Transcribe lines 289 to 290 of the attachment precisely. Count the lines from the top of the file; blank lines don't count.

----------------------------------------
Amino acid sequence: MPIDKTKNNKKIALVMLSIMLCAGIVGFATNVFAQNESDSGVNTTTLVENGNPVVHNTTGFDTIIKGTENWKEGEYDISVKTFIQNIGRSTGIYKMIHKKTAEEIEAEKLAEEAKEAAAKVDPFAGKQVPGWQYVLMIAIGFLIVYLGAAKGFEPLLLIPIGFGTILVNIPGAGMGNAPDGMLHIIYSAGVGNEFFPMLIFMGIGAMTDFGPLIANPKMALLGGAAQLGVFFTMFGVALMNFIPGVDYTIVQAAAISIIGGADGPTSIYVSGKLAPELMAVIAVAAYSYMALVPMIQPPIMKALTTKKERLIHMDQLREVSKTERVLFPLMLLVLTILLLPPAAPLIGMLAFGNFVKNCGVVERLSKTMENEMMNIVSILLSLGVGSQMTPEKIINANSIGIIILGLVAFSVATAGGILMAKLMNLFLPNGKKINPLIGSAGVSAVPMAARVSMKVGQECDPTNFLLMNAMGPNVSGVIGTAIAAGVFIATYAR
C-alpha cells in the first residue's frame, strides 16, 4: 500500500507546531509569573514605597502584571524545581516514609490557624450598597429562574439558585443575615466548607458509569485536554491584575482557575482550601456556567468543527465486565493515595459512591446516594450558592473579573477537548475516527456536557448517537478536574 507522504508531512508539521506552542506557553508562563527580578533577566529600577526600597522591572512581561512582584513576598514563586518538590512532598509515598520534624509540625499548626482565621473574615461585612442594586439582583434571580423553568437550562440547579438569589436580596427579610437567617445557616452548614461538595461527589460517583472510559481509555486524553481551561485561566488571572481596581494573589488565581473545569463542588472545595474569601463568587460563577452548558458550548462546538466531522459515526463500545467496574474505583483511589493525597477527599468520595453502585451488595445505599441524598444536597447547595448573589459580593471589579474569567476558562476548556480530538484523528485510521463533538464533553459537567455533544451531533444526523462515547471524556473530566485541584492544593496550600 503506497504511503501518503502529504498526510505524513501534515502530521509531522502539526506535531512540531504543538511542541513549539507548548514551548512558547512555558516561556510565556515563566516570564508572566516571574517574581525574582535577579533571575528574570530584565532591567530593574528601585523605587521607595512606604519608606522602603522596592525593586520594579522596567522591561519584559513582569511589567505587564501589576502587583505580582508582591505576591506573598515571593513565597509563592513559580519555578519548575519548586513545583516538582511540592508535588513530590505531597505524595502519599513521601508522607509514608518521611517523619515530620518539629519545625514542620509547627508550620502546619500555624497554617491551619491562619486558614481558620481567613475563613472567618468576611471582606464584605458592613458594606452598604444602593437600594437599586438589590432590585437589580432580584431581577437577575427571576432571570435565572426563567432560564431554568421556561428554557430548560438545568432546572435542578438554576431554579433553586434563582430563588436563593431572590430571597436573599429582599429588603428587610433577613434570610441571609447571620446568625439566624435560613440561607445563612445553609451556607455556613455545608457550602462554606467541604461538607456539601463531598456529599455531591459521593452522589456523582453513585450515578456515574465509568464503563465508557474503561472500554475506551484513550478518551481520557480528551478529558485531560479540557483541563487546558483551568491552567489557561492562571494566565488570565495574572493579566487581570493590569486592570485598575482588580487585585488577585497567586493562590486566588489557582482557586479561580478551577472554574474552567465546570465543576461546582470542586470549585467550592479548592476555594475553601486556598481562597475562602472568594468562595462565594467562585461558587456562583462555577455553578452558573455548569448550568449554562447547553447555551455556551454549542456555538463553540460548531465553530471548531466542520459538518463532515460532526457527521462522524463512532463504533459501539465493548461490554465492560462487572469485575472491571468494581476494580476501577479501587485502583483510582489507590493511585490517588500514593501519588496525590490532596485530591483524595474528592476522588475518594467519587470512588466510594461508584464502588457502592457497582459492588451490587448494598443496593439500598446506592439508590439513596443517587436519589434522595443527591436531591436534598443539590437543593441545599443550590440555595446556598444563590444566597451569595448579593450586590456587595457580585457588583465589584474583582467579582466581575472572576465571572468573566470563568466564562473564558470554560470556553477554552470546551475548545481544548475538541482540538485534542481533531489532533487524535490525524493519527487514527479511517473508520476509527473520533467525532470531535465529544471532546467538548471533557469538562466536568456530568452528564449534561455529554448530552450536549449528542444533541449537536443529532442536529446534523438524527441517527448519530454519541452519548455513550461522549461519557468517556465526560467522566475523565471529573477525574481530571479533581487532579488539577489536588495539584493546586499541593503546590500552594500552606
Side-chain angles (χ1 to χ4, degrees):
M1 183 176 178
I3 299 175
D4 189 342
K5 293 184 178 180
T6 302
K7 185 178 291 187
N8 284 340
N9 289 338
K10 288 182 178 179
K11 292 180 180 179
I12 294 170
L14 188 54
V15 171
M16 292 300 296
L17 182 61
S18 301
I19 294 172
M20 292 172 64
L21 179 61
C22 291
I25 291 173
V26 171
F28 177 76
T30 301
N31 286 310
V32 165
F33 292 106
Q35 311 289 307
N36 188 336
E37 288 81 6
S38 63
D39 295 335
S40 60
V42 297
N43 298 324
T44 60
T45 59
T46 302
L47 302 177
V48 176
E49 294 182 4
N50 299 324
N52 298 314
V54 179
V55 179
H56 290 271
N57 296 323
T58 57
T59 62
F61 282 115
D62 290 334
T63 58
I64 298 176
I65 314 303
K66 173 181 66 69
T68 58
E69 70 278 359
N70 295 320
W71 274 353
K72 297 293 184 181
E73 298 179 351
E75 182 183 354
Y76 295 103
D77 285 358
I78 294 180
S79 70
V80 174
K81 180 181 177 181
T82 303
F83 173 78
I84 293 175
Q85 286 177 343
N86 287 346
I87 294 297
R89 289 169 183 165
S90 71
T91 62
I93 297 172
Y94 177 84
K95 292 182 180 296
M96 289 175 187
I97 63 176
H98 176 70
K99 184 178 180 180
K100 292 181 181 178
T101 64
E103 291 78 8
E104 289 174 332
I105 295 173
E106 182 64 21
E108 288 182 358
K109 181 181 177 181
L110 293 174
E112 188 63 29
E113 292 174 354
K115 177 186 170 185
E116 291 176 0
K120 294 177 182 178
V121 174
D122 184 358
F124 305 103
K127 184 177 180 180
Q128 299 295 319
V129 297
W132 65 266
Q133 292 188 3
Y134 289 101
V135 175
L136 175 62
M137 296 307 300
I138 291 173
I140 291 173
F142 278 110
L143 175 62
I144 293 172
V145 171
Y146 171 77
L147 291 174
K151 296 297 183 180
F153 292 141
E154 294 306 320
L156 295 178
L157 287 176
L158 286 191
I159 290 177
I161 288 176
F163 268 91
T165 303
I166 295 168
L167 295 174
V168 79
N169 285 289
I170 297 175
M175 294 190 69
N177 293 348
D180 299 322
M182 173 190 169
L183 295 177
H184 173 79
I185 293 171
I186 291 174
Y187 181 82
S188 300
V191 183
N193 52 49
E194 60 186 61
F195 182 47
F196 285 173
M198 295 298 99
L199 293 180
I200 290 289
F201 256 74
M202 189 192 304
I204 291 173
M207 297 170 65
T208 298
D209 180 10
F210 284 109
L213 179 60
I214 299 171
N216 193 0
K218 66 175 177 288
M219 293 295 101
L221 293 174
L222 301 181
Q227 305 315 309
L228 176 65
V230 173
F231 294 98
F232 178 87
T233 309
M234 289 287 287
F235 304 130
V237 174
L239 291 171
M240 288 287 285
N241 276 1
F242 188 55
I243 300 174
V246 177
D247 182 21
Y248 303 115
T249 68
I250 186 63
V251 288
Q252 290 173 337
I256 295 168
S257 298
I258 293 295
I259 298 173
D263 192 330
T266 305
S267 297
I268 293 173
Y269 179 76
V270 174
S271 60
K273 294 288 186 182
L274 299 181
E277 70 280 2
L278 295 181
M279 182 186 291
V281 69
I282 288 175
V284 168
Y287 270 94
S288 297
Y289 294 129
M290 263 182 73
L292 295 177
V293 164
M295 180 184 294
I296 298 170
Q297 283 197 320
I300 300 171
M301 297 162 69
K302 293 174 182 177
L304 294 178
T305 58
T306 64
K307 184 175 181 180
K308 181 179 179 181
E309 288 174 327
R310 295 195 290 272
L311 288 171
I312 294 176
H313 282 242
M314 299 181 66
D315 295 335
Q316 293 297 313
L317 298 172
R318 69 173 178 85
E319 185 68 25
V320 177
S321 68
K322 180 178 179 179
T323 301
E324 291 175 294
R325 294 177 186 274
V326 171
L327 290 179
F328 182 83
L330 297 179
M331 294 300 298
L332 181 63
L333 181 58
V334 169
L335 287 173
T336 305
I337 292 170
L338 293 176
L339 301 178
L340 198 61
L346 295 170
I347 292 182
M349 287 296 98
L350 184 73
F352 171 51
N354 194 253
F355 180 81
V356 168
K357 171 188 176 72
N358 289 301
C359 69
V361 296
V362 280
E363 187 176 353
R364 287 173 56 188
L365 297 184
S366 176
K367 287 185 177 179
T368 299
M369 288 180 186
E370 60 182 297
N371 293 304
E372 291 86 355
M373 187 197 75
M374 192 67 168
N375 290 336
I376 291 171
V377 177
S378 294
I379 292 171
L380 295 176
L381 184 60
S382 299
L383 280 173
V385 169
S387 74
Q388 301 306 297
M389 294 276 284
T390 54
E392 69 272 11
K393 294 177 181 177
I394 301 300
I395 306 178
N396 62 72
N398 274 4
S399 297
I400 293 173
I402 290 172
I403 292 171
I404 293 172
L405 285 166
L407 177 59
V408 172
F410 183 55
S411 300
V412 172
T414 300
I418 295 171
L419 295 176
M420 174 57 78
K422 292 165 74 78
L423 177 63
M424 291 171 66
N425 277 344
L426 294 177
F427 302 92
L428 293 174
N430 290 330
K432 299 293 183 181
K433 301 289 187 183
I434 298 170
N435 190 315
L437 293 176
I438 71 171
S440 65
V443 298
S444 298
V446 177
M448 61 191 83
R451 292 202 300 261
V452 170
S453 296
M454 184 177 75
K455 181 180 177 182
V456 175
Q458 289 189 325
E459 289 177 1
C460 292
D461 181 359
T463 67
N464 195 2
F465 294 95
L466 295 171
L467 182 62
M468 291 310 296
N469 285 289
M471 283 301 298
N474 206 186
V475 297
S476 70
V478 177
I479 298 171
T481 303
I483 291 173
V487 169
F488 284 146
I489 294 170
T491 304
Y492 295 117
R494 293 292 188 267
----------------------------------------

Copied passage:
S382 299
L383 280 173